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Rod Review

 

The G.Loomis NRX+ Bladed Jig Rod – Overkill, and Just What Enthusiasts Want (continued)

 

Real World Tests: G.Loomis provided the NRX+ Bladed Jig Rod for this review and to test the BJR stick we head straight for the California Delta and other local regional lakes. The timing was perfect as we were also in the process of testing some new chatterbaits from Z-Man but also made sure to tie on some of our favorite blades, including the Evergreen Jackhammer, to see just how this new rod handled a wider range of bladed jigs, as well as how it compared to other rods designed for this purpose.

 


Time to see what the new NRX+ is all about


Casting: Unlike with lightweight finesse baits casting bladed jigs is relatively easy, especially with the added weight of a trailer. As you might expect casting with the NRX+ BJR was effortless. Unlike with some glass-based rods the BJR is very light, and it loads quickly helping launch even smaller and lighter bladed jigs like finesse-oriented Z-Man Mini Max chatterbait.

 


The BJR whips pretty smoothly for a Fast action rod


As a refresher for those unfamiliar with Shimano’s Spiral X design the implementation consists of three layers: a blank made of vertical fibers, an inner layer, and an outer layer both comprised of carbon tape that tightly winds the blank diagonally in opposite directions. The goal of using this carbon tape in place of a conventional horizontal fiber sheet is providing enhanced torsional rigidity without adding extra weight. So how does this translate to feel and performance?

 


Spiral X construction increases rigidity without increasing weight. It is significant that the NRX+ rods use this Shimano proprietary triple layer construction as they are the first to do so solely manufactured in the United States as the Conquest Series features a dual region manufacturing model


Similar to the Conquest and Shimano branded rods that make use of Spiral X blank construction the rod feels very crisp, helping facilitate what feels like near-immediate transmission of power during the cast. I found that I was able to launch bladed jigs when casting with two hands, but it was just as easy to sidearm and single hand cast these baits accurately.

 

The rod casts so nicely that single handed sidearm casts are effortless


Sensitivity: One of the reasons why I mentioned that this is such an interesting application for a NRX+ rod is that sensitivity isn’t always a priority when fishing this technique. With bladed jigs most anglers prefer a longer medium heavy rod between 7’3” to 7’11” in length to provide both a long distance cast and a softer parabolic action that helps with ripping blades through vegetation.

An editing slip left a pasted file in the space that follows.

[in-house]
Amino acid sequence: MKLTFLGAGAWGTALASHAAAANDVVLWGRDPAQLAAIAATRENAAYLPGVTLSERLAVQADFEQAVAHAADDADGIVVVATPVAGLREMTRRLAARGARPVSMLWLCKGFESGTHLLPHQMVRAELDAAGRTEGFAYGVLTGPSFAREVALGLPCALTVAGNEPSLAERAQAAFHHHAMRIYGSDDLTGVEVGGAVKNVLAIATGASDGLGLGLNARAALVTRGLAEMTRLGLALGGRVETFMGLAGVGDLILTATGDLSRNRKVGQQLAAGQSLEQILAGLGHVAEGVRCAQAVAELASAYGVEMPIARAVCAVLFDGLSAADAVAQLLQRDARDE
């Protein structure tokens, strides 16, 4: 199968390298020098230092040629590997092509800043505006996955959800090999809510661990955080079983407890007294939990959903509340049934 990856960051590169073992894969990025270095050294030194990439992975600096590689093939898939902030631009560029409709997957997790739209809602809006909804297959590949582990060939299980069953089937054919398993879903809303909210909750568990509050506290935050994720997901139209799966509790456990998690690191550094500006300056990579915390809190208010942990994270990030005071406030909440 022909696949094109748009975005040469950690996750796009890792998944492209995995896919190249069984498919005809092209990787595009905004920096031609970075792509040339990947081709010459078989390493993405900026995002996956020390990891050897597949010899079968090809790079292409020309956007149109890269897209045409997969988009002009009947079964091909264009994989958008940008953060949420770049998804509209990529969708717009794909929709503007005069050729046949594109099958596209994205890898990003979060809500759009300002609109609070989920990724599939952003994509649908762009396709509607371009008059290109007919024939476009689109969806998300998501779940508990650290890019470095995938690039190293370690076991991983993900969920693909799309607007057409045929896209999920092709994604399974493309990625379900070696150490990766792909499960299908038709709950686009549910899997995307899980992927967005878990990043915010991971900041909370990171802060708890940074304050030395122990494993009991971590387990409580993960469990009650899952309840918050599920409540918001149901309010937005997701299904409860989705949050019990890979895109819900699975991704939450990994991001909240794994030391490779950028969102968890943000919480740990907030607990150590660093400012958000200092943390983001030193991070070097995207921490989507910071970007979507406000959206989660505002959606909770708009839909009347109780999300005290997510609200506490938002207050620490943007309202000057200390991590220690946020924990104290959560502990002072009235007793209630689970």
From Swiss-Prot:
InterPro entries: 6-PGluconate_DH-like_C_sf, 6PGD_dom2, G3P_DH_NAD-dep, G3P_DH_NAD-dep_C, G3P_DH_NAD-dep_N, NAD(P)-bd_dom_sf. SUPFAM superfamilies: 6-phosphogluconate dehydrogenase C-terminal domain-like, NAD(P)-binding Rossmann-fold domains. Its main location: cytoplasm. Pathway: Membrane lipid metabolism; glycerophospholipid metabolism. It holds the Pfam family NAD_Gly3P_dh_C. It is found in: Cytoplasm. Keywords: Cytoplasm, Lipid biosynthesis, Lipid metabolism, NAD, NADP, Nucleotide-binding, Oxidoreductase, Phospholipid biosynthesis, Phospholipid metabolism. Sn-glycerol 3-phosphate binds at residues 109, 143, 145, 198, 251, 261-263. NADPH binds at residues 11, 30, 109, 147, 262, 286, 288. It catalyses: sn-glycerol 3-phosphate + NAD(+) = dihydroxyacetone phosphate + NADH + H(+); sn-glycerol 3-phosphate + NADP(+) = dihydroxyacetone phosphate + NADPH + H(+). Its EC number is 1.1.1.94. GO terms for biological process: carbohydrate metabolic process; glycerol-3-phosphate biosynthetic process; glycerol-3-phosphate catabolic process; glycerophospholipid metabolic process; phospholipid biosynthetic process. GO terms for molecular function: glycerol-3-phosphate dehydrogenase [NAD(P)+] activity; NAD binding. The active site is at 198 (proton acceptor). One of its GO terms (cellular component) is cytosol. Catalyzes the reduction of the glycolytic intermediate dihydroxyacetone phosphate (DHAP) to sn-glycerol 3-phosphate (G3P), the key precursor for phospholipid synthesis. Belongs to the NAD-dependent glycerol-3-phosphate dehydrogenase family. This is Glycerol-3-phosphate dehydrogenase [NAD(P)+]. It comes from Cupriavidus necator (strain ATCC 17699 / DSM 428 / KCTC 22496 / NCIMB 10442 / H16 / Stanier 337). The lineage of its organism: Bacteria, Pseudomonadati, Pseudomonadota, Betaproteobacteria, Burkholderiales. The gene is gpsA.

The rod makes use of Fuji Titanium SiC guides...


This is exactly why glass is so popular for this technique, as it is typically softer and more moderate to aid with creating deflections but is still able to keep fish pinned once they are hooked up. Then there are other anglers that prefer a traditional graphite rod for this technique not only for the enhanced sensitivity the material offers but also the added power to pull fish out, and away, from thick vegetation.


Personally I’ve always subscribed to the idea of using a longer rod for this technique and the 7’4” length of the BJR falls right into the range. I have used glass rods for fishing bladed jigs but ultimately find myself migrating back towards graphite rods just because I can feel every swing of the blade, and better perceive contact with structure.

 


...as well as Nickel Titanium Recoil guides. So glad that the company maintained the hybrid guide-train as it is a signature element of the NRX Series


It is not like you are not going to feel a bait as active as a chatterbait with a glass rod, but a graphite rod just adds to the experience of fishing such a lively lure. I also believe that glass does a good job keeping fish pinned, but the power and instant response of graphite is a worthy tradeoff, and in my opinion just more fun to fish. All that being said with the limited space on the deck I rarely bring a rod specifically designed for fishing bladed jigs and often employ one of my jig or mag action bass sticks. This is one of those techniques where there are many rods that can “get the job done.”

 


Sensitivity is excellent, and with a Jackhammer and Fluorocarbon things get pretty insane. It is pretty hard to go back to glass after fishing this stick


While sensitivity may not be something critical to this technique it does present an edge and the NRX+ hybrid gear-train is actually an ideal setup for those that want to have their cake and eat it too. Even smaller blades transmit vibration with utter clarity through this blank. Spool up with fluorocarbon for this technique and the BJR takes the whole vibration transmission experience to a near sensory overload level… it is that good.

 


Strikes are epic. Even smaller fish are blast on this rod

Next Section: Power, Design and Ergonomics...

 

   

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